RJ100: Reproductive Justice and Obama’s First 100 Days


Are your
reproductive rights more secure today than they were 100 days ago?  How
about the human rights of women around the world?  Are we making
progress toward universal access to basic sexual and reproductive
health services, comprehensive sex education and HIV/AIDS prevention
and treatment here and abroad?



On the 100th day of the Obama Administration, RH Reality Check
evaluates whether the Administration makes the grade on these and many
other critical sexual and reproductive health issues. After 8 long
years of attacks on sexual and reproductive health and rights here and
abroad, it is clear that the Obama Administration intends to – and indeed
already has begun – to take women’s rights and sexual and reproductive
health seriously.  Even in the first 100 days, progress has already
been made in several critical areas.  We recognize that this period
represents only one-tenth of the entire first term of the Obama
Administration and many changes are in process. For that reason, this scorecard should not be viewed as definitive either in regard to the ultimate outcomes on some of the issues in progress, nor on the issues covered here overall.  We also recognize that
Congress plays a critical role – whether positive or negative – in changing
policy and funding streams.  Nonetheless, we feel it is critical to
measure whether campaign and Administration rhetoric on these issues is
backed up with concrete actions, and how effectively the administration pushes Congress to make good in these same areas.

Toward that end, this scorecard is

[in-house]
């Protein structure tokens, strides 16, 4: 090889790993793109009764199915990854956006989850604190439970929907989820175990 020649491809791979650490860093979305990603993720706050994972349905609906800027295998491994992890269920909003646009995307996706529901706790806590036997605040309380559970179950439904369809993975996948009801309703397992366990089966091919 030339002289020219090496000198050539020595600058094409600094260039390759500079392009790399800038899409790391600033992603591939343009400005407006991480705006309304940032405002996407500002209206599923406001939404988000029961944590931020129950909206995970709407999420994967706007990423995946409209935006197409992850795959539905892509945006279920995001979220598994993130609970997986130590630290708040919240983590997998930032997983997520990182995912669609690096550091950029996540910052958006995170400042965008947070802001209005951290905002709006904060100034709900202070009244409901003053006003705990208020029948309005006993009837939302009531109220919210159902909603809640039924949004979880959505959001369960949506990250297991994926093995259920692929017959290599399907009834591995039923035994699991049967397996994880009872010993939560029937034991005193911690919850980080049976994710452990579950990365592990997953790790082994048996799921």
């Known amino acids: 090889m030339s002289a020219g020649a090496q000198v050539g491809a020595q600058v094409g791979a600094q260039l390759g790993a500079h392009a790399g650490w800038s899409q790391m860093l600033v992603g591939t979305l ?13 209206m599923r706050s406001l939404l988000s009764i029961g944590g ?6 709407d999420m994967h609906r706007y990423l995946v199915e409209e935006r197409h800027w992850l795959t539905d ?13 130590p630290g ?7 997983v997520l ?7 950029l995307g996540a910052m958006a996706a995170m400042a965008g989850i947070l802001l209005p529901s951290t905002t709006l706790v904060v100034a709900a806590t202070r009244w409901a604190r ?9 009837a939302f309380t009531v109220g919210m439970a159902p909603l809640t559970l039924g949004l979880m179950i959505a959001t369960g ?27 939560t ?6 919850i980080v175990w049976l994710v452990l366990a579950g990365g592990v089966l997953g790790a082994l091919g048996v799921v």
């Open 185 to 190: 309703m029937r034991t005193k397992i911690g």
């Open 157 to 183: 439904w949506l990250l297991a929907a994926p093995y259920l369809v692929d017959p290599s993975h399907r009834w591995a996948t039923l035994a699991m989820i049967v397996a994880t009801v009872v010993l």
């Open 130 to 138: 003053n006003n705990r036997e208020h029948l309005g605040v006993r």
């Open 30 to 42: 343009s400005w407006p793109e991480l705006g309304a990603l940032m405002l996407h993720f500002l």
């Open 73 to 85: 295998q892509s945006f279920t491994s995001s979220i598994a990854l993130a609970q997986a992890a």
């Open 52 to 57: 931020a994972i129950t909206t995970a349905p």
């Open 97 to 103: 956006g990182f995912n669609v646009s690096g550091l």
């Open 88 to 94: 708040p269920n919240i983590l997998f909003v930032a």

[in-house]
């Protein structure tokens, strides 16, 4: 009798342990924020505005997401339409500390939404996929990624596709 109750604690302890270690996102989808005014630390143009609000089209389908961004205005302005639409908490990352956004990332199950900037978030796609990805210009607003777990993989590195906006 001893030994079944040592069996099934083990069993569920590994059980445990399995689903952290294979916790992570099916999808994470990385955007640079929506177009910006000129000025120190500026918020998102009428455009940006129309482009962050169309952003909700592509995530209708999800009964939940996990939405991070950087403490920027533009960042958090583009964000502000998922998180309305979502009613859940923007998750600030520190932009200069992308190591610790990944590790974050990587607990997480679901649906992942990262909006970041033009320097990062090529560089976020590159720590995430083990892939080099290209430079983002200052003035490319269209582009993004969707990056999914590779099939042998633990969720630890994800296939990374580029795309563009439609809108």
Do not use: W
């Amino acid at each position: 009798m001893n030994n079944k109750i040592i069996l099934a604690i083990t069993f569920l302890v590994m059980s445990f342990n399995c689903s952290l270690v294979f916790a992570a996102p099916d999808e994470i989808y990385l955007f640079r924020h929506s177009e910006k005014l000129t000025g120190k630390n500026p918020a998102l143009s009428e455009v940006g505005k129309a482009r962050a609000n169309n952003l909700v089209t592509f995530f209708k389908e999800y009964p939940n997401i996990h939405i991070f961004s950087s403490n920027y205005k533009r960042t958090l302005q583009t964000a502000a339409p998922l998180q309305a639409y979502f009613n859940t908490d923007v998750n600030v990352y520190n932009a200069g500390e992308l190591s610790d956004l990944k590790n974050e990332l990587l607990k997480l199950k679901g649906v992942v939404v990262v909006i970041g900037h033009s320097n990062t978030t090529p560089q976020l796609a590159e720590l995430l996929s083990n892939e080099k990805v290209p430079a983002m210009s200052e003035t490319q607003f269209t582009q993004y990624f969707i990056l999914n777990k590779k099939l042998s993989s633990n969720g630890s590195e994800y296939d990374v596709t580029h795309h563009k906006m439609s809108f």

the first in a series being launched by RH Reality Check.  We will
continue to evaluate these same issues in coming months and throughout
the course of the Administration.

Access to Contraception: Grade = A-

We are looking for progress on…

  • Access to
    EC
    for women in the military.
    Military health care facilities are not required to stock EC, even on
    remote bases.  Obama should direct Secretary of Defense Robert
    Gates to make EC available to servicewomen immediately.
  • Full funding of Title X.  Planned Parenthood Federation of America cites a $400 million gap in
    Title X funding, arguing that the for this program budget needs to be increased from
    $300 million to $700 million. In 2006, only about half (54 percent) of those in need of publicly funded birth control actually had access to services provided by Medicaid, Title X and other sources of government funding.
  • The FDA needs to make Plan B available over the counter to all women at risk of unintended pregnancy, irrespective of age.
  • The Administration needs to fully rescind the HHS health care denial regulation, an issue we will monitor closely.

Sexuality Education and Teen Pregnancy Prevention: Grade = C

We are looking for progress on…

  • Zeroing out abstinence-only funding.  There is no reason to continue funding these programs, which have been
    shown to be wasteful, ineffective, propagate harmful gender stereotypes
    and marginalize LGBT youth.  Obama’s 2010 budget should zero
    out abstinence-only funding and create line-item funding of
    comprehensive sexuality education.
  • Passing the Real Act.  The Obama administration must put some muscle
    behind the REAL Act
    ,
    which would for the first time allocate federal money to comprehensive
    sexuality education.